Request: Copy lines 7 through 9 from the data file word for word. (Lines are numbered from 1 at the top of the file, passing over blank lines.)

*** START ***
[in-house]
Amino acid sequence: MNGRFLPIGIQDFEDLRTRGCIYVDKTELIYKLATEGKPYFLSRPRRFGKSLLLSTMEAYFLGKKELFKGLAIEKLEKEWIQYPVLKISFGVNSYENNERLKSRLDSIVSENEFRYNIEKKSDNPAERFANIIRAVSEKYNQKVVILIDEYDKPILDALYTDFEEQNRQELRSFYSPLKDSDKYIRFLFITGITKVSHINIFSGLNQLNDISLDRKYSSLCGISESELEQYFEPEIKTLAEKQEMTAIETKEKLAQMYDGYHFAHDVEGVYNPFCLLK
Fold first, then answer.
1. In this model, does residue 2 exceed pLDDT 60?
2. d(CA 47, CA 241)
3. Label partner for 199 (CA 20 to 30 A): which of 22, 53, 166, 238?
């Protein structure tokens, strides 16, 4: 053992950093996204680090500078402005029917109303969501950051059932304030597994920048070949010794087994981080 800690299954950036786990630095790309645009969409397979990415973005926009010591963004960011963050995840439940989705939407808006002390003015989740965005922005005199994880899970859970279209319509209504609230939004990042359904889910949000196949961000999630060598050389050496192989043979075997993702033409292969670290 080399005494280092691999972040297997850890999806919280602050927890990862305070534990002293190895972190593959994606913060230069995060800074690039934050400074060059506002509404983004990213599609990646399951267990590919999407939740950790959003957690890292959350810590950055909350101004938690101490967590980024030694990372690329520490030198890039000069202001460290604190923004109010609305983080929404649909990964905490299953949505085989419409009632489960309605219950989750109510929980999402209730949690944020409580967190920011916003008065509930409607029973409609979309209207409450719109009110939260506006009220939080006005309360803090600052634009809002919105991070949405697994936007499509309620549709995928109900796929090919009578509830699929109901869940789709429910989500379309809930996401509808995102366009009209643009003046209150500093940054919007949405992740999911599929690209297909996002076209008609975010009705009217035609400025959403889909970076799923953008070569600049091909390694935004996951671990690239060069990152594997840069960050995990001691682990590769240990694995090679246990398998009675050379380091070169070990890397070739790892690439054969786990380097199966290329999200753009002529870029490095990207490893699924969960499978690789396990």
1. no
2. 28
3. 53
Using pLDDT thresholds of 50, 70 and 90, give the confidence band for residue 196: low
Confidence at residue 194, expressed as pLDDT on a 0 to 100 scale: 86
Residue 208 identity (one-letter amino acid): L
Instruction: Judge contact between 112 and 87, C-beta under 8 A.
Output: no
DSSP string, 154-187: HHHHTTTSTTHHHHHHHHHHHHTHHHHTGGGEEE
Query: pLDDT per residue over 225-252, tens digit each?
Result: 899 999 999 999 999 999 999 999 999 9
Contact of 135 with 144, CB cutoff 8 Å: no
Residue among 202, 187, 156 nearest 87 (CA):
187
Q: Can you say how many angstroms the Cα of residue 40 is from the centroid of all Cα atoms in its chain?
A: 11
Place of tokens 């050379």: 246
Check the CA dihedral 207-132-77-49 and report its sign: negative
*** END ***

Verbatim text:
């Protein structure tokens, strides 16, 4: 053992950093996204680090500078402005029917109303969501950051059932304030597994920048070949010794087994981080 800690299954950036786990630095790309645009969409397979990415973005926009010591963004960011963050995840439940989705939407808006002390003015989740965005922005005199994880899970859970279209319509209504609230939004990042359904889910949000196949961000999630060598050389050496192989043979075997993702033409292969670290 080399005494280092691999972040297997850890999806919280602050927890990862305070534990002293190895972190593959994606913060230069995060800074690039934050400074060059506002509404983004990213599609990646399951267990590919999407939740950790959003957690890292959350810590950055909350101004938690101490967590980024030694990372690329520490030198890039000069202001460290604190923004109010609305983080929404649909990964905490299953949505085989419409009632489960309605219950989750109510929980999402209730949690944020409580967190920011916003008065509930409607029973409609979309209207409450719109009110939260506006009220939080006005309360803090600052634009809002919105991070949405697994936007499509309620549709995928109900796929090919009578509830699929109901869940789709429910989500379309809930996401509808995102366009009209643009003046209150500093940054919007949405992740999911599929690209297909996002076209008609975010009705009217035609400025959403889909970076799923953008070569600049091909390694935004996951671990690239060069990152594997840069960050995990001691682990590769240990694995090679246990398998009675050379380091070169070990890397070739790892690439054969786990380097199966290329999200753009002529870029490095990207490893699924969960499978690789396990």
1. no
2. 28